Influence, persuasion and cognitive bias

19 July, 2019 in Ramblings from Ramsden

A categorised list of cognitive biases from the wikipedias list

The cognitive bias codex is a brilliant resource to dig into the biases that shape the way we see the world. These biases can stand in-between us and the world, and filter the options we perceive in every moment. I recommend looking over the codex and spending a day on wikipedia researching each of the effects. Today I thought I’d throw out some provocations that might unlock strategies to increase our influence and effectiveness when communicating IA.

Constructing your argument
Given that we discard specifics to form generalities – how might you architect your message to reduce the number of individual decisions you ask someone to agree with? What are the most important primary categories or classes of thing that your stakeholders need to be able to identify and understand? Where is the risk in oversimplification?

Making memorable messages
Given that our memories are liable to a host of weaknesses – how might you construct your recommendations so that the major points stick? How might you vary the way you communicate to construct different types of experiences (and memories)? How might you exploit peak-end rule to make make your message memorable?

Occam had a point (not two)
Most people favour simple looking options and complete information over complex ambiguous options. I think that’s the goal of IA. But sometimes IAs fetishise the complexity of the problem and spend energy communicating that, rather than the simplicity of the solution. Where is the investment of energy in your communications?

Engineering commitment
If we tend to avoid irreversible decisions, how do we encourage the long-term investment and commitment that IA often requires? Could we incrementally exploit investments of time and energy to create longer term commitments?

Don’t disregard dissonance
If we project our current understanding of the world into the future, how will you convince people of the need or existence of a fundamental shift in the status quo? Liking something or someone helps us imagine a greater range of possibilities for them – can we exploit rapport and preference to aid divergent thinking? How can we exploit stereotypes, generalities or prior histories to establish or build credibility and influence?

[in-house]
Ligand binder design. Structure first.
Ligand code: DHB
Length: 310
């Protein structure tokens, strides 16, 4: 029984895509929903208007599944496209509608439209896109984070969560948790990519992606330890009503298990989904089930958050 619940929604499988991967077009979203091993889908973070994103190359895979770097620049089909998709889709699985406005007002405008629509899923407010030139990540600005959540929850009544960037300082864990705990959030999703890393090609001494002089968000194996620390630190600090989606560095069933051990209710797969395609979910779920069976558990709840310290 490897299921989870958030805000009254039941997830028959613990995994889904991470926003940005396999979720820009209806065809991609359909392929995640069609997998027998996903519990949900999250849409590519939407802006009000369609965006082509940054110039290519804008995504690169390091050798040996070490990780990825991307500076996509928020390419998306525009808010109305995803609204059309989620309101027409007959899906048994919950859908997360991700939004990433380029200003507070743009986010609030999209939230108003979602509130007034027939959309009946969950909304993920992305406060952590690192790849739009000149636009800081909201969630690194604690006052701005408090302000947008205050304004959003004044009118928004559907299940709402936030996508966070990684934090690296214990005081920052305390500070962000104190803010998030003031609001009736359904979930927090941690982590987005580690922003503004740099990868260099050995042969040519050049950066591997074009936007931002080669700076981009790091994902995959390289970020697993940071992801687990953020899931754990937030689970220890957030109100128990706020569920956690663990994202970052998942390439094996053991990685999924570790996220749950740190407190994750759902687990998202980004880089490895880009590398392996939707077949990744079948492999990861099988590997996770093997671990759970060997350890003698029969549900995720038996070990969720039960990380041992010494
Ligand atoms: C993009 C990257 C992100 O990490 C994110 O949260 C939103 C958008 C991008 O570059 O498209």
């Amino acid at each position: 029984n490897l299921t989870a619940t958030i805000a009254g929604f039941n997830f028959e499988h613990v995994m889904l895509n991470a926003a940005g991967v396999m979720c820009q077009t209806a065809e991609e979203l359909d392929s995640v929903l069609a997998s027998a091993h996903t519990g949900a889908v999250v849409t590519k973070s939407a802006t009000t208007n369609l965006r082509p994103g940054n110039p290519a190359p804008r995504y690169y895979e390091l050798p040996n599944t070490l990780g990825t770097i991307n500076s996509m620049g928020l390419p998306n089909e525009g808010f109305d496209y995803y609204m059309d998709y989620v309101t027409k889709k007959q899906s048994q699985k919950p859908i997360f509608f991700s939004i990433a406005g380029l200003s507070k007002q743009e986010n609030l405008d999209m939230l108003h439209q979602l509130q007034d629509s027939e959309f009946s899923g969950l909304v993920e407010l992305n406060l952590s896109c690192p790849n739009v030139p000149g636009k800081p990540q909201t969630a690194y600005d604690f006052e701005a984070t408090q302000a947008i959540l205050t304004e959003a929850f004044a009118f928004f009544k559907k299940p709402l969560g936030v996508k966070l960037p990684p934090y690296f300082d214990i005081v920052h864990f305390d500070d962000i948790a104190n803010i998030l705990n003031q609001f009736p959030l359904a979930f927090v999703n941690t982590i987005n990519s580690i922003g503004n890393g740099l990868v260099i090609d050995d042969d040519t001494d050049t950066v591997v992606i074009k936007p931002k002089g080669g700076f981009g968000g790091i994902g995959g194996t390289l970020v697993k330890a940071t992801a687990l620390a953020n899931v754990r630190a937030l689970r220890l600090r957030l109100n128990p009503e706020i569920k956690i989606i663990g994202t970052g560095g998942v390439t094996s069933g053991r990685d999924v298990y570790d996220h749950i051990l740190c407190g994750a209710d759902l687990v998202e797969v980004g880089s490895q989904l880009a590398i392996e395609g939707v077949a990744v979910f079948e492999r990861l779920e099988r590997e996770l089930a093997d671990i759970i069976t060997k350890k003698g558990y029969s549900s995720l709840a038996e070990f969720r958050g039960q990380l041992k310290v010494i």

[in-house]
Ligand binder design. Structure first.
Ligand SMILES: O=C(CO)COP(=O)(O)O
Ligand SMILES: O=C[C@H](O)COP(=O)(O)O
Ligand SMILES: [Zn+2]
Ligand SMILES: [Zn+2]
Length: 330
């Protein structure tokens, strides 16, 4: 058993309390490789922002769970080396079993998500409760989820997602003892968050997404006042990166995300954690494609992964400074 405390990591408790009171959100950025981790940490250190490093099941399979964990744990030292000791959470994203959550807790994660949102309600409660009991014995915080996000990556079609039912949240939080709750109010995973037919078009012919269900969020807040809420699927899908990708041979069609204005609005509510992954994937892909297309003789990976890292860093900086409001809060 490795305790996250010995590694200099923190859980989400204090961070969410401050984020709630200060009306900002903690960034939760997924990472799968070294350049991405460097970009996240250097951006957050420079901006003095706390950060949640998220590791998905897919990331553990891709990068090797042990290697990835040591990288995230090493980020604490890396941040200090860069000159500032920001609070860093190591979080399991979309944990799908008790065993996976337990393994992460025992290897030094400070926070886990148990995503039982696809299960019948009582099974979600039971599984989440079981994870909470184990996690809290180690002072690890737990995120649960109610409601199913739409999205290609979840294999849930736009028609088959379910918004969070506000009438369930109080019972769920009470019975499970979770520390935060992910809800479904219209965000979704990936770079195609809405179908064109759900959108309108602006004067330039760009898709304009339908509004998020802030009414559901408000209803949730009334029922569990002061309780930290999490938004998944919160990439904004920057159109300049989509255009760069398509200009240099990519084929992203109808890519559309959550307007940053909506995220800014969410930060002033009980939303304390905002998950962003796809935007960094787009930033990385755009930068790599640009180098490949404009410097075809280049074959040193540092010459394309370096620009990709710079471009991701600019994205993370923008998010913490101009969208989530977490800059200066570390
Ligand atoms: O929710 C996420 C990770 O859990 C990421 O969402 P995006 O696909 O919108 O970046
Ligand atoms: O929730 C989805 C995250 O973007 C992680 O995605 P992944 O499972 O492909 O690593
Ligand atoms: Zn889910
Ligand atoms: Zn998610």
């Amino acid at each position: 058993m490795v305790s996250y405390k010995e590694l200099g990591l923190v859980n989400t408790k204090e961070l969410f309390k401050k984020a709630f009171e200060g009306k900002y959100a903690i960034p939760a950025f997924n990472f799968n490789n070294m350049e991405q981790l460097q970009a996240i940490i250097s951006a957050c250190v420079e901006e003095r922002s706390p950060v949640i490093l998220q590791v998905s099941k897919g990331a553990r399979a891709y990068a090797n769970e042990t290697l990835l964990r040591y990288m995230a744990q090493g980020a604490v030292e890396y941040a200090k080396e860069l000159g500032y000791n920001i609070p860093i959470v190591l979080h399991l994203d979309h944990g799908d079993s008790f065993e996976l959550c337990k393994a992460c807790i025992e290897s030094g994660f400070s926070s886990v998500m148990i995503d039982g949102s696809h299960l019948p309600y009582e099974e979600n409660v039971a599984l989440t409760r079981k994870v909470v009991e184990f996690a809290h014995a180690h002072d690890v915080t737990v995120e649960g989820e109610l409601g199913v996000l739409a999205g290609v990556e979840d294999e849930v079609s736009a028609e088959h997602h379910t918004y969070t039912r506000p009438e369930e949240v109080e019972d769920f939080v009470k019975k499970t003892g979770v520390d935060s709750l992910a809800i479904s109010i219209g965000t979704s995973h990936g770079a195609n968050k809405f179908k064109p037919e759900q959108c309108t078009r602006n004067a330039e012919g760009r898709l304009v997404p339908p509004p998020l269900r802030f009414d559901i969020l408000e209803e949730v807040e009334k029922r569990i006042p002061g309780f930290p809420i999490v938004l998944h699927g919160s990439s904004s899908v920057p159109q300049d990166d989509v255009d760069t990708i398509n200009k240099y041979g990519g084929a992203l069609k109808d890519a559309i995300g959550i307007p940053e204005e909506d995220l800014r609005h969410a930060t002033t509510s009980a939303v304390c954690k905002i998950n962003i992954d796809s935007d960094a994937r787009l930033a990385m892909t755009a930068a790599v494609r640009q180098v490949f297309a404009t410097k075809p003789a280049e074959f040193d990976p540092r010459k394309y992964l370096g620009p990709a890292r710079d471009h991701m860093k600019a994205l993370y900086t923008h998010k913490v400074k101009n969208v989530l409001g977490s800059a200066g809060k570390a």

We more easily notice things that we’ve been primed to see. How might spending more time considering cognitive bias help you recognise obstacles or opportunities in the future.

This is a handful of the questions that occurred to me today as I worked around the circle. I think you can use this process as a creative prompt the next time you need to shape a presentation or a set of recommendations? Like oblique strategies or IA inspiration cards the list of biases provides ready made questions to consider how could you build on existing biases and behaviours to make your message more effective?

References and resources:

Wikipedia list of cognitive biases – this list is the basis of the codex and comes with handy short descriptions for each bias.

Buster Benson’s Medium article collects the biases into easier to remember and understand categories.

You can buy the codex print from Design Hacks.

The Blob of risk, reward, uncertainty and control

18 July, 2019 in Ramblings from Ramsden

I’ve already written about trust and influence using two triangles, today I’m using a cross.

A cross describing four axes: Control and Uncertainty and Risk and reward. A blob depicts the "levels" of attention a person might place on each

The blob describes your estimate of how important each facet is to the people you’re asking to make a decision.

Every time we try to influence, persuade and convince someone to follow an IA recommendation we’re trying to initiate a decision. Most of us are passionate about IA and love the detail of the challenge. We fall in love with the beauty of the solution once we find it. We fixate on those details. But it’s sometimes useful to step back from the detail. What happens if we treat gaining agreement for our recommendations like any other decisions? Can we apply a generic model of decision-making to getting agreement for IA decisions? What happens when use the (perceived) risk, reward, uncertainty and control that’s wrapped up in the decisions that we’re inviting? Are we more effective when considering how the person we’re hoping to influence relates to each of these aspect?

I can’t think of a decision or IA recommendation that I’ve made that couldn’t be framed in relation to risk and reward or control and uncertainty. Why would I steam in with a detailed appraisal of the technical aspects of my recommendation? Instead I can approach recommendations through these four characteristics of decisions.